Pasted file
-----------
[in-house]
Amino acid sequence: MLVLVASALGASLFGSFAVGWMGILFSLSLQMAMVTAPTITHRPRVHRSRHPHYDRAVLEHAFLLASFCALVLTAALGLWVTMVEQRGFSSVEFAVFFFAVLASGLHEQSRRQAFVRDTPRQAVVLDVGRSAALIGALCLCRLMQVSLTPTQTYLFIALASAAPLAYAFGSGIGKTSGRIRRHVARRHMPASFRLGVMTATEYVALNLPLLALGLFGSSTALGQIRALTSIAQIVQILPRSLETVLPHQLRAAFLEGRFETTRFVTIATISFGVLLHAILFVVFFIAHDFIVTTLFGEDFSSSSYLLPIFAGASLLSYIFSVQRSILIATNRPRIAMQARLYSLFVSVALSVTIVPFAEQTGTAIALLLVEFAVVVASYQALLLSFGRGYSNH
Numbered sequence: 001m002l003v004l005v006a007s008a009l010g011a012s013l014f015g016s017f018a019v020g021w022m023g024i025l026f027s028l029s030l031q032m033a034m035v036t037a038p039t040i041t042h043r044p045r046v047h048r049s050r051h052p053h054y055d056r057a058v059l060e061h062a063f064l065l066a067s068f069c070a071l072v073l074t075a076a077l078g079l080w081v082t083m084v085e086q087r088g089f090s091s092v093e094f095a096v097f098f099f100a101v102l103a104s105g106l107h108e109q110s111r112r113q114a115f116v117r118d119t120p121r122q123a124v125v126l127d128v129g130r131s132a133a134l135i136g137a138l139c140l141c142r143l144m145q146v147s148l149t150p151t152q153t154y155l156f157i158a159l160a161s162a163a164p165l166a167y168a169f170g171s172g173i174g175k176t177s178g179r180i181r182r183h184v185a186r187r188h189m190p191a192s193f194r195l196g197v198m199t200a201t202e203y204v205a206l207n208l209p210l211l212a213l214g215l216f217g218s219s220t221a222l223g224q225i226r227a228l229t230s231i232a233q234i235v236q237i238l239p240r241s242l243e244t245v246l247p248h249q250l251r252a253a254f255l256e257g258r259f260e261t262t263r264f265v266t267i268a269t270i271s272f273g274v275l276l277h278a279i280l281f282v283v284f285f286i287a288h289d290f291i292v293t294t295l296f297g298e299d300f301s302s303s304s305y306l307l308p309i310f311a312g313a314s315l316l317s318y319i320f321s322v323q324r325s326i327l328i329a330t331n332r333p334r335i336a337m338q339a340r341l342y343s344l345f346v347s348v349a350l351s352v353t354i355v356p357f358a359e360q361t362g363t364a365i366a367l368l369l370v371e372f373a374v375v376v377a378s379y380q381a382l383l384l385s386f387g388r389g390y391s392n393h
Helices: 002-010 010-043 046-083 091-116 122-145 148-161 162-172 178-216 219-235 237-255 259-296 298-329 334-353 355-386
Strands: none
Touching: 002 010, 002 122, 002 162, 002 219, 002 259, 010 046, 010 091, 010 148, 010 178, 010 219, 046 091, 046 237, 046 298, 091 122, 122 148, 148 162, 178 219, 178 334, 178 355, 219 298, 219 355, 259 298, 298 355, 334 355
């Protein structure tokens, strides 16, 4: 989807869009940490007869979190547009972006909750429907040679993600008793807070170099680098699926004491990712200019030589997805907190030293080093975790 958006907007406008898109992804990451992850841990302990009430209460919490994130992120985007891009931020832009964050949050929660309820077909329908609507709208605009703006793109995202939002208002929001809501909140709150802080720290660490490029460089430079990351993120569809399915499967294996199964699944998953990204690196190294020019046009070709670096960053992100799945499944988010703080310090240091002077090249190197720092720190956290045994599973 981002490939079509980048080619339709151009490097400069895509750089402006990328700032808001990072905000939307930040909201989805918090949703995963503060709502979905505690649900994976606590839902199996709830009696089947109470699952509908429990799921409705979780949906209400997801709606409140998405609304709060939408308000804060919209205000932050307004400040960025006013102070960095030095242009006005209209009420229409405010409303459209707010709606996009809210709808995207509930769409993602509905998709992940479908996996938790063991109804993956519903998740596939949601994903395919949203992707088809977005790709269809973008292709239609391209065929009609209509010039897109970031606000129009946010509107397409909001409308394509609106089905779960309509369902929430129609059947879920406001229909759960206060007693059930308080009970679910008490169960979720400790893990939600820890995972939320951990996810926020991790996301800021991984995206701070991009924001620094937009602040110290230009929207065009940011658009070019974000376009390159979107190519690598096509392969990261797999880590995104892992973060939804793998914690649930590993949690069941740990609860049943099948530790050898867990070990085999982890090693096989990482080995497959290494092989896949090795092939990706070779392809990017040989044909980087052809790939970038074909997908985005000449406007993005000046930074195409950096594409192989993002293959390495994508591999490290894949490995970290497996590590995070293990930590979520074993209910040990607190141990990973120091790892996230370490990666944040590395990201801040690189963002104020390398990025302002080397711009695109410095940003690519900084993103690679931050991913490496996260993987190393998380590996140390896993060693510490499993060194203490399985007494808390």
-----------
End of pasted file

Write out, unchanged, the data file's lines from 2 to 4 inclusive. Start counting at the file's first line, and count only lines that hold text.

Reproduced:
Amino acid sequence: MLVLVASALGASLFGSFAVGWMGILFSLSLQMAMVTAPTITHRPRVHRSRHPHYDRAVLEHAFLLASFCALVLTAALGLWVTMVEQRGFSSVEFAVFFFAVLASGLHEQSRRQAFVRDTPRQAVVLDVGRSAALIGALCLCRLMQVSLTPTQTYLFIALASAAPLAYAFGSGIGKTSGRIRRHVARRHMPASFRLGVMTATEYVALNLPLLALGLFGSSTALGQIRALTSIAQIVQILPRSLETVLPHQLRAAFLEGRFETTRFVTIATISFGVLLHAILFVVFFIAHDFIVTTLFGEDFSSSSYLLPIFAGASLLSYIFSVQRSILIATNRPRIAMQARLYSLFVSVALSVTIVPFAEQTGTAIALLLVEFAVVVASYQALLLSFGRGYSNH
Numbered sequence: 001m002l003v004l005v006a007s008a009l010g011a012s013l014f015g016s017f018a019v020g021w022m023g024i025l026f027s028l029s030l031q032m033a034m035v036t037a038p039t040i041t042h043r044p045r046v047h048r049s050r051h052p053h054y055d056r057a058v059l060e061h062a063f064l065l066a067s068f069c070a071l072v073l074t075a076a077l078g079l080w081v082t083m084v085e086q087r088g089f090s091s092v093e094f095a096v097f098f099f100a101v102l103a104s105g106l107h108e109q110s111r112r113q114a115f116v117r118d119t120p121r122q123a124v125v126l127d128v129g130r131s132a133a134l135i136g137a138l139c140l141c142r143l144m145q146v147s148l149t150p151t152q153t154y155l156f157i158a159l160a161s162a163a164p165l166a167y168a169f170g171s172g173i174g175k176t177s178g179r180i181r182r183h184v185a186r187r188h189m190p191a192s193f194r195l196g197v198m199t200a201t202e203y204v205a206l207n208l209p210l211l212a213l214g215l216f217g218s219s220t221a222l223g224q225i226r227a228l229t230s231i232a233q234i235v236q237i238l239p240r241s242l243e244t245v246l247p248h249q250l251r252a253a254f255l256e257g258r259f260e261t262t263r264f265v266t267i268a269t270i271s272f273g274v275l276l277h278a279i280l281f282v283v284f285f286i287a288h289d290f291i292v293t294t295l296f297g298e299d300f301s302s303s304s305y306l307l308p309i310f311a312g313a314s315l316l317s318y319i320f321s322v323q324r325s326i327l328i329a330t331n332r333p334r335i336a337m338q339a340r341l342y343s344l345f346v347s348v349a350l351s352v353t354i355v356p357f358a359e360q361t362g363t364a365i366a367l368l369l370v371e372f373a374v375v376v377a378s379y380q381a382l383l384l385s386f387g388r389g390y391s392n393h
Helices: 002-010 010-043 046-083 091-116 122-145 148-161 162-172 178-216 219-235 237-255 259-296 298-329 334-353 355-386